Cloudless sulphur butterflies (Phoebis sennae) were flitting throughout the garden and I spent several frustrating minutes trying to capture a decent photo of one.
|This was the best shot I managed. Even for butterflies, this species seems especially manic to me.|
|Host plants, like these Senna bicapsularis, are plentiful in the garden at the moment|
I found one of the 6 newly installed sculptures tucked in an area many of the garden's volunteers refer to as the "back forty" (acres).
|This is Teha, constructed of painted and unpainted steel in 1971 by Mark di Suvero. I understand that the area surrounding this and other sculptures may change at intervals during the term of the installation at SCBG.|
It was getting warmer by this point and growing closer to lunchtime so I abandoned the effort to locate the rest of the sculptures and meandered back in the general direction of garden's entrance. On my way I snapped a few more photos of plants that grabbed my attention.
|I couldn't find a tag for this plant but both the foliage and flower forms reminded me of my Bauhinia x blakeana and I was gratified when a subsequent on-line search suggested that it's Bauhinia galpinii (aka red orchid bush)|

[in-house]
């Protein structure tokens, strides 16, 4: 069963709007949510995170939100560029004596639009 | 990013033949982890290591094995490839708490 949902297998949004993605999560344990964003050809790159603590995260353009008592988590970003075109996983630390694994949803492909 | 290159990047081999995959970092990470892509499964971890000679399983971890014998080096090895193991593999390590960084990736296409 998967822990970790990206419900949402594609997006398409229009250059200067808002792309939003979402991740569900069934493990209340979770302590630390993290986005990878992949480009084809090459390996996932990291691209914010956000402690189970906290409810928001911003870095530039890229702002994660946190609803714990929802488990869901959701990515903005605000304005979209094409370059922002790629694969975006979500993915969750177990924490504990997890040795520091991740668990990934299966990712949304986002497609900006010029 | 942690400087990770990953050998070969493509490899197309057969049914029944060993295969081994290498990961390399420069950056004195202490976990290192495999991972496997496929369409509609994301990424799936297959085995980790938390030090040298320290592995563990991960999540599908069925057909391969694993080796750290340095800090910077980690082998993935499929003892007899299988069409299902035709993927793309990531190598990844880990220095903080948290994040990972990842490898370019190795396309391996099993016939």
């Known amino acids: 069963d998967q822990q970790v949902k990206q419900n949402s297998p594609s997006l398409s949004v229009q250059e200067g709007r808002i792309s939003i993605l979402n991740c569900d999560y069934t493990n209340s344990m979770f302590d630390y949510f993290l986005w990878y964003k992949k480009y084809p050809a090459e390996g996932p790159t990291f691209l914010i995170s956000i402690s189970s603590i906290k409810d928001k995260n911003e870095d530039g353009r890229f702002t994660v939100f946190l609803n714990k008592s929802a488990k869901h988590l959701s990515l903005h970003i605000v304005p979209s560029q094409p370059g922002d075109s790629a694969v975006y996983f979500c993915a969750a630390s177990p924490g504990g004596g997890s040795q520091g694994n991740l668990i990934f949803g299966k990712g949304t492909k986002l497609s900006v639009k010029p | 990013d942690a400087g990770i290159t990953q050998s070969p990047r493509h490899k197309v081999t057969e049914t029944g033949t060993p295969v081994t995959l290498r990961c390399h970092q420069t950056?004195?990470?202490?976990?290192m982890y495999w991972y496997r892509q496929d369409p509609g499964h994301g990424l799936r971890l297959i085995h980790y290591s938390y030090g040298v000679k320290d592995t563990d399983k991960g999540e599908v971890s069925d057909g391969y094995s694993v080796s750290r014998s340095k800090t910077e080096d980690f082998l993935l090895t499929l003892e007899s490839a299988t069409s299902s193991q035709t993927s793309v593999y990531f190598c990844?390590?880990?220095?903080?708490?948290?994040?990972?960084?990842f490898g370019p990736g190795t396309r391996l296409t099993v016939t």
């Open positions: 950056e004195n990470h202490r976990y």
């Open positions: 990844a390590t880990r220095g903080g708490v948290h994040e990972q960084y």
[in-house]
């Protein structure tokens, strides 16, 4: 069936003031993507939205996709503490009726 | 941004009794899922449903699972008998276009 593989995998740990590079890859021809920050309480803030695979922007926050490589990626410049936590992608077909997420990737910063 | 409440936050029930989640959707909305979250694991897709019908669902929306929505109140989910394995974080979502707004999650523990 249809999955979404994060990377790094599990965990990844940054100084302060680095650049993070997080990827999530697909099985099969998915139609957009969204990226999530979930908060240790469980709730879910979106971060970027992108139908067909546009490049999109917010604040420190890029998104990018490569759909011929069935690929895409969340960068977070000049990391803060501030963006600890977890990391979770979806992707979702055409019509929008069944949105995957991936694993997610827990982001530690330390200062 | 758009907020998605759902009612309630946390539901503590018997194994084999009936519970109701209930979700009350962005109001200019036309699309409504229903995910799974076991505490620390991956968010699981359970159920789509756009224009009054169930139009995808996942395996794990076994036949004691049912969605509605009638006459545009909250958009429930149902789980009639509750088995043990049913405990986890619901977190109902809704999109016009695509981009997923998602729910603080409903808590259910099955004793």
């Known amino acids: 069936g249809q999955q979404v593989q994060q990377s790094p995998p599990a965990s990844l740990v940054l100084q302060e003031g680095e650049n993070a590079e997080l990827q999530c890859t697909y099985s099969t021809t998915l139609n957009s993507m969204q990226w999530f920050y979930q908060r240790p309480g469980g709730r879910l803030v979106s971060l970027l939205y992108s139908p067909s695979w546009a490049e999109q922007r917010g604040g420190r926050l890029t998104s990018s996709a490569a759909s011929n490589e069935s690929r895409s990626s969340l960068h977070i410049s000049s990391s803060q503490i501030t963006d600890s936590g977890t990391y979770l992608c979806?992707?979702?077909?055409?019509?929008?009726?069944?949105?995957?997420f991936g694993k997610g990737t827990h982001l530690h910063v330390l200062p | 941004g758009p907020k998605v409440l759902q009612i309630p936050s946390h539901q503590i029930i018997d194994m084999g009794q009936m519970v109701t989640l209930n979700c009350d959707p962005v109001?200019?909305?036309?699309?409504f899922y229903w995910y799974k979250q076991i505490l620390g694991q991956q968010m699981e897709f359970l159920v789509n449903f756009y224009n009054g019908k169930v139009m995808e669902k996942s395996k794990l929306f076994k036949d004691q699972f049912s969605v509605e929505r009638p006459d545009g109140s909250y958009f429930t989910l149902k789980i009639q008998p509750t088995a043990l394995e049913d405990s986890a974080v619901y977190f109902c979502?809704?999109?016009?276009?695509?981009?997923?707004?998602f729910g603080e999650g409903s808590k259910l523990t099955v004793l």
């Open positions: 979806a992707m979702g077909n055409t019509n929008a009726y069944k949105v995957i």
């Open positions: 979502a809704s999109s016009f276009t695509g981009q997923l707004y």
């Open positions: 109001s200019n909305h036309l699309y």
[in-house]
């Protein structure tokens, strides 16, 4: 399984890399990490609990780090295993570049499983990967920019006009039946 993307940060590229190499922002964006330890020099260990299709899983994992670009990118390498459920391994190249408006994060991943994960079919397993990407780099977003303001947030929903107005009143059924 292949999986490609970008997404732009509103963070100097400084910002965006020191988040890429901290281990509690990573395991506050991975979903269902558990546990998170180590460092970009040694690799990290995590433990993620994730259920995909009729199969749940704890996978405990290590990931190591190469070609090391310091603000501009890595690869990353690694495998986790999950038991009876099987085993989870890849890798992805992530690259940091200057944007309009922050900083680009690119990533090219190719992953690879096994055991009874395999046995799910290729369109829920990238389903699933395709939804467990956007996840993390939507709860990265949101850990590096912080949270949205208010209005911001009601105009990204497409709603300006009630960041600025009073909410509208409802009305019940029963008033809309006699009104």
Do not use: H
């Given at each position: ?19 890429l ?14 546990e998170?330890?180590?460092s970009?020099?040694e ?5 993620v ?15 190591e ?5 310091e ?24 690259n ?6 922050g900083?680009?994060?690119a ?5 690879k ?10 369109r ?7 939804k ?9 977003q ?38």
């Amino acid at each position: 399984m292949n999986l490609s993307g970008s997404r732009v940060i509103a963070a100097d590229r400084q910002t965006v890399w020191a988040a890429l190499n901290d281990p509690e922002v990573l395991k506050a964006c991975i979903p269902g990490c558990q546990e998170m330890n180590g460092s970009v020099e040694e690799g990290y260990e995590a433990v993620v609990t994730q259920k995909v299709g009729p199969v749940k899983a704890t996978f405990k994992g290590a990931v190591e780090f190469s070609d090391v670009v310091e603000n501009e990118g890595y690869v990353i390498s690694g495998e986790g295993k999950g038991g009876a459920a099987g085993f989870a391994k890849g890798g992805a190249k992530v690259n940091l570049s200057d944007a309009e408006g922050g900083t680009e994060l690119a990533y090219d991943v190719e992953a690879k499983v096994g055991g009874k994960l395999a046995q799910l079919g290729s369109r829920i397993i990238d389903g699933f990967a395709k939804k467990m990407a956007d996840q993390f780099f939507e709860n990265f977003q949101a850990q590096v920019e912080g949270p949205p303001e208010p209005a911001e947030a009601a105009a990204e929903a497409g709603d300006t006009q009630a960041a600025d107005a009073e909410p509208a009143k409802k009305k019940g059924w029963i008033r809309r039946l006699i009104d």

I stopped at the Mediterranean Garden to appreciate a group of Salvias in full bloom.
|This is Salvia mexicana 'Limelight', which I previously had difficultly growing in my own garden due to its water requirements|
|As I bent closer to get a better photo of the Salvia's flowers, this fellow showed up. I believe he's a flame skimmer dragonfly (Libellula saturata).|
|I was able to get 4 shots of him, growing closer and closer with each|
Capturing the dragonfly with my camera was an achievement in my view. I seldom see dragonflies in my area to begin with and my ability to catch photos of insects and birds when they appear is poor to say the least. To be honest, this was one exceptionally cooperative dragonfly. He didn't move no matter how close I got to him, while most butterflies speed away when I even think of shifting my stance to improve my shot.
As I again turned toward the garden's exit, I saw a squirrel alternately burying nuts and conducting a Don Quixotesque battle with a stick. Encouraged by my luck in getting photos of the dragonfly, I aimed my camera at him, only to have my battery die. I followed the scampering squirrel while fumbling to change the battery, ending up in the Garden of the Senses where I ran into my docent friend Kay. We chatted about her most recent changes to the area and I snapped more photos before we both headed out and home.
|Bed featuring black-eyed susans (Rudbackia hirta) and an assortment of herbs|
All in all, a pleasant way to spend a morning following a business meeting. For more Wednesday Vignettes, visit Anna at Flutter & Hum.
All material © 2012-2019 by Kris Peterson for Late to the Garden Party